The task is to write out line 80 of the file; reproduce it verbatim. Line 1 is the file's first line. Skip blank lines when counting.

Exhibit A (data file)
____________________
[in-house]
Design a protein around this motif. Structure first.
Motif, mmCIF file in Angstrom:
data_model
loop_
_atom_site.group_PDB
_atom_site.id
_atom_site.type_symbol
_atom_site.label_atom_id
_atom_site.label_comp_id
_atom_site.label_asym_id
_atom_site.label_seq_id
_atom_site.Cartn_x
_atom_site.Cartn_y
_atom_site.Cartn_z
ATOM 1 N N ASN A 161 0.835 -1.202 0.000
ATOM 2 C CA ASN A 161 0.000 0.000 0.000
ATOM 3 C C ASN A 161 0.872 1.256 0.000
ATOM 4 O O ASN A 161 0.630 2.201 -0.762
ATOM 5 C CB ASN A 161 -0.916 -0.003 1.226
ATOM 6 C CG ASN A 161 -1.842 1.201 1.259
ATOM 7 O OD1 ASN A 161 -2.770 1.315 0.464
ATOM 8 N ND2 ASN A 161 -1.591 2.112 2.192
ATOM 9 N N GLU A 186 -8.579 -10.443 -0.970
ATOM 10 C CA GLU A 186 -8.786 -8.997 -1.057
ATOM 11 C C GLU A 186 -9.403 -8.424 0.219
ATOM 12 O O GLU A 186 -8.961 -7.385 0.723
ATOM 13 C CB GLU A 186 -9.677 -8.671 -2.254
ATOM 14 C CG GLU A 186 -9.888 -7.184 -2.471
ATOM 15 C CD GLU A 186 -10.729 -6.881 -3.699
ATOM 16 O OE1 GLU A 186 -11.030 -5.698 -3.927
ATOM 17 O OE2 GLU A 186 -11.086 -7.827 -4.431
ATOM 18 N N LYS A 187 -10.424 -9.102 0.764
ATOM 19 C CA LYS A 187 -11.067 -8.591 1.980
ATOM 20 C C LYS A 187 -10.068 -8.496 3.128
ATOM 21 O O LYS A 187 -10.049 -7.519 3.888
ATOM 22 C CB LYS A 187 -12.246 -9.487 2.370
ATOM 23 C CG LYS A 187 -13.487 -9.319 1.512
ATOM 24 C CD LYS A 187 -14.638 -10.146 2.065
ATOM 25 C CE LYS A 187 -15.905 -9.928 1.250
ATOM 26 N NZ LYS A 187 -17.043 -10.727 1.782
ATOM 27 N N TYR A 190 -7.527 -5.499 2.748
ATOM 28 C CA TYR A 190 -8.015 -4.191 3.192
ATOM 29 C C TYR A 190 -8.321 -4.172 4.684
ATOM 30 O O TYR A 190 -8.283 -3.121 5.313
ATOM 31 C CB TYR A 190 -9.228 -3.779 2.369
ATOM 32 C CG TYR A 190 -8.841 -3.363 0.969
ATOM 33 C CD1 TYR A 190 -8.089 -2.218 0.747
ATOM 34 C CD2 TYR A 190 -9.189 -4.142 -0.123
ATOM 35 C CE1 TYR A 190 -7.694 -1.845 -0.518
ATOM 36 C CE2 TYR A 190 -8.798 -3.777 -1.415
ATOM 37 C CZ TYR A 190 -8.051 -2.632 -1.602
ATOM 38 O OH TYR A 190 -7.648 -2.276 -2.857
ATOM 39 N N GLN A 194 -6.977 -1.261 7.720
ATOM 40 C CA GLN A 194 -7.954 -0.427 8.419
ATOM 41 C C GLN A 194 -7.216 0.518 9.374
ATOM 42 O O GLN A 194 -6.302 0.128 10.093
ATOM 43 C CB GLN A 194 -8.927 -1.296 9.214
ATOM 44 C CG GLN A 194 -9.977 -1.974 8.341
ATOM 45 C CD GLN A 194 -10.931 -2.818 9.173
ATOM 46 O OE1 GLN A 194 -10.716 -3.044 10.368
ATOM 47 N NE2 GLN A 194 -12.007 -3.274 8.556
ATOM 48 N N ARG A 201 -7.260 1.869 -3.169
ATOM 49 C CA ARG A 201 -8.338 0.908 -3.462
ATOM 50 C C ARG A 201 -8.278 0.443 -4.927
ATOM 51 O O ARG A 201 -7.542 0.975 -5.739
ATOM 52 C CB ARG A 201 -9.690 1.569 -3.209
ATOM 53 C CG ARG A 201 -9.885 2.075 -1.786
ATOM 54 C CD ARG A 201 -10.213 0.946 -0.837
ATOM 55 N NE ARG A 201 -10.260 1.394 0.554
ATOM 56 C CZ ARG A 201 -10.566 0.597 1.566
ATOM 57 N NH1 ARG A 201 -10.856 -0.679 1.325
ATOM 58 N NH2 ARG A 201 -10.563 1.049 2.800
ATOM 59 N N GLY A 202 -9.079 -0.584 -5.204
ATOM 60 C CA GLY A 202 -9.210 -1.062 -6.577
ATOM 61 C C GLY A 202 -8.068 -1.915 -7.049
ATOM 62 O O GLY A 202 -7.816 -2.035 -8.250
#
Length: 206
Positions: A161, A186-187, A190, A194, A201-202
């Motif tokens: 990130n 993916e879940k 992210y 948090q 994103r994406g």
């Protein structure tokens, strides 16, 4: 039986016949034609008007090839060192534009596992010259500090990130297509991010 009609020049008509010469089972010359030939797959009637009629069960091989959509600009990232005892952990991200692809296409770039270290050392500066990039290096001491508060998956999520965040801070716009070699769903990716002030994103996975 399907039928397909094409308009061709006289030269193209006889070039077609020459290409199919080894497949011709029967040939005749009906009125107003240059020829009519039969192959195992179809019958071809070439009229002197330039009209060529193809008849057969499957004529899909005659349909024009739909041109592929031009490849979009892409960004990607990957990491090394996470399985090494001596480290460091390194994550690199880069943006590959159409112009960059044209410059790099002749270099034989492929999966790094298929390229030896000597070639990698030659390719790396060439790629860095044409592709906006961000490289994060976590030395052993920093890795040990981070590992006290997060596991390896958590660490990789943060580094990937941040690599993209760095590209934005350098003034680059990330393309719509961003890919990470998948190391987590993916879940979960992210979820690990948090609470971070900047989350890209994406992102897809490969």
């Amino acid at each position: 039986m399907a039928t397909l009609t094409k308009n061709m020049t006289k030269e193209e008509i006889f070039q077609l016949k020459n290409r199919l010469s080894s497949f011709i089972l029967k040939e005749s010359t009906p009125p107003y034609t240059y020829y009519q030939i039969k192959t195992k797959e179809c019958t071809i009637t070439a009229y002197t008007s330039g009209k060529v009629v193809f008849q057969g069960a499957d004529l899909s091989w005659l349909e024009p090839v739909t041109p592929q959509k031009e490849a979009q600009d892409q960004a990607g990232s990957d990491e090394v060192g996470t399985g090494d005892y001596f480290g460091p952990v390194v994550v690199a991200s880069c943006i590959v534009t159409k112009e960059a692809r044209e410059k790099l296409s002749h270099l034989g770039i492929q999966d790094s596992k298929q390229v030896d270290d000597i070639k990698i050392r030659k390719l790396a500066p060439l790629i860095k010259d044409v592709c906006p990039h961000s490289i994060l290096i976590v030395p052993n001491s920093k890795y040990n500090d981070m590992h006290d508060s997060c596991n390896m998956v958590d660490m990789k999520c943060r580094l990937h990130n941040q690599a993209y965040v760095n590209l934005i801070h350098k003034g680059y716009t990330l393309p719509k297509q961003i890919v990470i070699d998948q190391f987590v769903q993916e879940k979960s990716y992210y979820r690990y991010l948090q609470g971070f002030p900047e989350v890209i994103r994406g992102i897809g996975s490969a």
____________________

Positions: A161, A186-187, A190, A194, A201-202